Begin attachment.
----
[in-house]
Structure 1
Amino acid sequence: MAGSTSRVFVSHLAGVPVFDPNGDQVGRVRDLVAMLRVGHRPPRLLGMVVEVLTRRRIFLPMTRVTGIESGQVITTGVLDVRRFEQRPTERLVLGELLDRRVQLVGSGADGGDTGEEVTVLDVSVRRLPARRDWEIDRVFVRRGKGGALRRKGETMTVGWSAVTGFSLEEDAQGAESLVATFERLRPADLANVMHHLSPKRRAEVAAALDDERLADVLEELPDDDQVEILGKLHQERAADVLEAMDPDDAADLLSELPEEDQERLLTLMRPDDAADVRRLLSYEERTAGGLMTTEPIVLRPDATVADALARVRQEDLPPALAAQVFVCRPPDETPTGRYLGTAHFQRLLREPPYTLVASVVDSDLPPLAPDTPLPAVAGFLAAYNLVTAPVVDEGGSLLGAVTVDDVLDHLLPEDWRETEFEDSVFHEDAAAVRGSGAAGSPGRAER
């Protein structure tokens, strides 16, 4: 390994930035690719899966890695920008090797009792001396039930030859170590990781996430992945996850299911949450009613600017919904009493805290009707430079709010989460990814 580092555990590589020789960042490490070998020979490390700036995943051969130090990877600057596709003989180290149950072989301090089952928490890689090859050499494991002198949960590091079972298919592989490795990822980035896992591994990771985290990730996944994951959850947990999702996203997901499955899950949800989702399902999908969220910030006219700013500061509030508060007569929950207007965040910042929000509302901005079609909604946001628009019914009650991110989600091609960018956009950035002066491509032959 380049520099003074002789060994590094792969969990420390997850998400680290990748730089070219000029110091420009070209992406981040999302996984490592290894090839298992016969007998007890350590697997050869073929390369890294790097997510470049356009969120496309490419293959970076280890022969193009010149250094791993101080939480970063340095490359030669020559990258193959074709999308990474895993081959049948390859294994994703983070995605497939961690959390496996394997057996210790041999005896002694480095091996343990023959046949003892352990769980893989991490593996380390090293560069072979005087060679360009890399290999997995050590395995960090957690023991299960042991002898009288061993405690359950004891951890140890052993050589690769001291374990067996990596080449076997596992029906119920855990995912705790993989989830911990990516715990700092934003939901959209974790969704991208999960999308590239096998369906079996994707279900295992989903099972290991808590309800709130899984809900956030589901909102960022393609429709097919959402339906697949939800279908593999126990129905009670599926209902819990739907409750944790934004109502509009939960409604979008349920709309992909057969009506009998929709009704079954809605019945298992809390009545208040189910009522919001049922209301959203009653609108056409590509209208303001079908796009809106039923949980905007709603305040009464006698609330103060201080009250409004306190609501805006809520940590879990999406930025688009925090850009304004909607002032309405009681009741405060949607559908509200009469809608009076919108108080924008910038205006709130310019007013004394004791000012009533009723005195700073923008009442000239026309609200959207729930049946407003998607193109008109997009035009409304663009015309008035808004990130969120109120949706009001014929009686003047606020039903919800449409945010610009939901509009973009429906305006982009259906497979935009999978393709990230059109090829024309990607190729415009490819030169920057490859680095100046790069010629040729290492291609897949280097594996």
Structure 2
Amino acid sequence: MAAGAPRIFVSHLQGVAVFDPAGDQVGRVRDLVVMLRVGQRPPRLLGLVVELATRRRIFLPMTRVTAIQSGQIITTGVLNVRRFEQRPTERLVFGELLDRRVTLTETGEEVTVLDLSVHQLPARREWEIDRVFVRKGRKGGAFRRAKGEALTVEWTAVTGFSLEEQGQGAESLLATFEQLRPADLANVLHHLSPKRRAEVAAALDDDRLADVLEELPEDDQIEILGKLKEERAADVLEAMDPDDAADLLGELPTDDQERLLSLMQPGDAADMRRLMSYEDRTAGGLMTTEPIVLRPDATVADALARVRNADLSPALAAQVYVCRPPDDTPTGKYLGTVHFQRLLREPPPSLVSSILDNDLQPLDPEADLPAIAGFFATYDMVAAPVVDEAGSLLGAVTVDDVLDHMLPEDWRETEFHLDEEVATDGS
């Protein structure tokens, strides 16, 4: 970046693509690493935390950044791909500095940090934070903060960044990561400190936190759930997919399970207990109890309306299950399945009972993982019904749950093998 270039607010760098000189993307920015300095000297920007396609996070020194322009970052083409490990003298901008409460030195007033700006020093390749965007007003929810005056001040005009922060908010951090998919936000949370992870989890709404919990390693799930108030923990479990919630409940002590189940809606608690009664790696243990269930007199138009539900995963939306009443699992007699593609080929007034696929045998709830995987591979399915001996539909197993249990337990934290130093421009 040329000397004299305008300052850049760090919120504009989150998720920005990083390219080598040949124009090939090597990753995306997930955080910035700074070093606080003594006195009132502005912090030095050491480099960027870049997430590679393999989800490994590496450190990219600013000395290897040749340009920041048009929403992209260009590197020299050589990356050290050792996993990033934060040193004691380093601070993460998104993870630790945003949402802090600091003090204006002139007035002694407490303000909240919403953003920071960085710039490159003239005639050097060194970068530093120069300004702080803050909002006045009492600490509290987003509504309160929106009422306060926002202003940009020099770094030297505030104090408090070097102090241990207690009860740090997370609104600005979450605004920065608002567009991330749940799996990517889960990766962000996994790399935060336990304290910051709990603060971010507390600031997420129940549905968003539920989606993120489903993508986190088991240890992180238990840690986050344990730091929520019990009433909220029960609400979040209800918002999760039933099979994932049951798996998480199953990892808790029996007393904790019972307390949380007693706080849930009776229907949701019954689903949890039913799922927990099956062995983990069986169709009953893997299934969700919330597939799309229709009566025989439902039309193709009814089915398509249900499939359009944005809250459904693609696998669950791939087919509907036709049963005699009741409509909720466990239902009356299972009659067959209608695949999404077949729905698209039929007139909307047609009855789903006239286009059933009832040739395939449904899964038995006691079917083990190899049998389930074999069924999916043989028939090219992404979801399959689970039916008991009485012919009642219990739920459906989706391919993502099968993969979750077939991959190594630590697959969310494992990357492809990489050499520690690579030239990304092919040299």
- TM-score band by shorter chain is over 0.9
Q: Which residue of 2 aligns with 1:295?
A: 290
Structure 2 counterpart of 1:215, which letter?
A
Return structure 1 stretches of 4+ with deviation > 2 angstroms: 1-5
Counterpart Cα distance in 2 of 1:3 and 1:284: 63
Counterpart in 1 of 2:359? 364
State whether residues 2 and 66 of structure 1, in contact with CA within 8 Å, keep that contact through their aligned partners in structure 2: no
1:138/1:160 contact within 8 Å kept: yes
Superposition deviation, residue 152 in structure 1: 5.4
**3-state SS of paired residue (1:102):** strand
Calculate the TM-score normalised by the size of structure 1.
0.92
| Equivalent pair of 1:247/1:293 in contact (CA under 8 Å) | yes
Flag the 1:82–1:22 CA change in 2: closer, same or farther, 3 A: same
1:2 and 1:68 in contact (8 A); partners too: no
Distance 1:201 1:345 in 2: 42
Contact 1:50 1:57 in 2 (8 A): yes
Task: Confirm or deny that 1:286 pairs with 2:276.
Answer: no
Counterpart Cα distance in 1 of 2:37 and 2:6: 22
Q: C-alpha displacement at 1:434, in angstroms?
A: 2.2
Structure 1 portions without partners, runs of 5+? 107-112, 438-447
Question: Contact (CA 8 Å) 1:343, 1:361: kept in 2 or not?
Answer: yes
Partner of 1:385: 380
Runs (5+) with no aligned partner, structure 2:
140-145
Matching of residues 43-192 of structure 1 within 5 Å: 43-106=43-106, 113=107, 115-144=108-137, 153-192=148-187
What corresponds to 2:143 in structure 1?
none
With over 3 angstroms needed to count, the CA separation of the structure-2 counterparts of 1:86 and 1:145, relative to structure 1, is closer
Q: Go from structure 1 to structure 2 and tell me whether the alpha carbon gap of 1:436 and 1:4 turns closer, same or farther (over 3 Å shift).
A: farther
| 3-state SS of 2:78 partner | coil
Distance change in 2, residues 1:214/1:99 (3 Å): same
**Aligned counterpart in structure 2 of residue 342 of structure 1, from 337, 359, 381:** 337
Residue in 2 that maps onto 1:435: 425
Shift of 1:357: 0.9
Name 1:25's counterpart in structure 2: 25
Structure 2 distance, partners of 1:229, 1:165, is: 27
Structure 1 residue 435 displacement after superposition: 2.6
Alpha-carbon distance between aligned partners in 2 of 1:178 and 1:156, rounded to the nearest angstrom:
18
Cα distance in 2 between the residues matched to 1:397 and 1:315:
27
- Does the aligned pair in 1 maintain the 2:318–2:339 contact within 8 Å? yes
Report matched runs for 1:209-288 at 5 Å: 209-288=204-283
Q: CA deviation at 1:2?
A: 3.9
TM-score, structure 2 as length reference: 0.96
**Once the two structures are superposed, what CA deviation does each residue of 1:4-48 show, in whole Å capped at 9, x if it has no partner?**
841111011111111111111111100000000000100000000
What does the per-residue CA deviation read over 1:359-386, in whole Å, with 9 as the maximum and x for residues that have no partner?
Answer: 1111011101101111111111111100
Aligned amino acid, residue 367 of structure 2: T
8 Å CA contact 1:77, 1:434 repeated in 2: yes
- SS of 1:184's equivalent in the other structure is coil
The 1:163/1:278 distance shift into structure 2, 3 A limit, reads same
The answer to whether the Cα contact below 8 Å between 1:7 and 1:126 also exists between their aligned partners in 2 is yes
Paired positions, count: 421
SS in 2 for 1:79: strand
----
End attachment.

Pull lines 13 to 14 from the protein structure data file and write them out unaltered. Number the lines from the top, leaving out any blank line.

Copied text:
Return structure 1 stretches of 4+ with deviation > 2 angstroms: 1-5
Counterpart Cα distance in 2 of 1:3 and 1:284: 63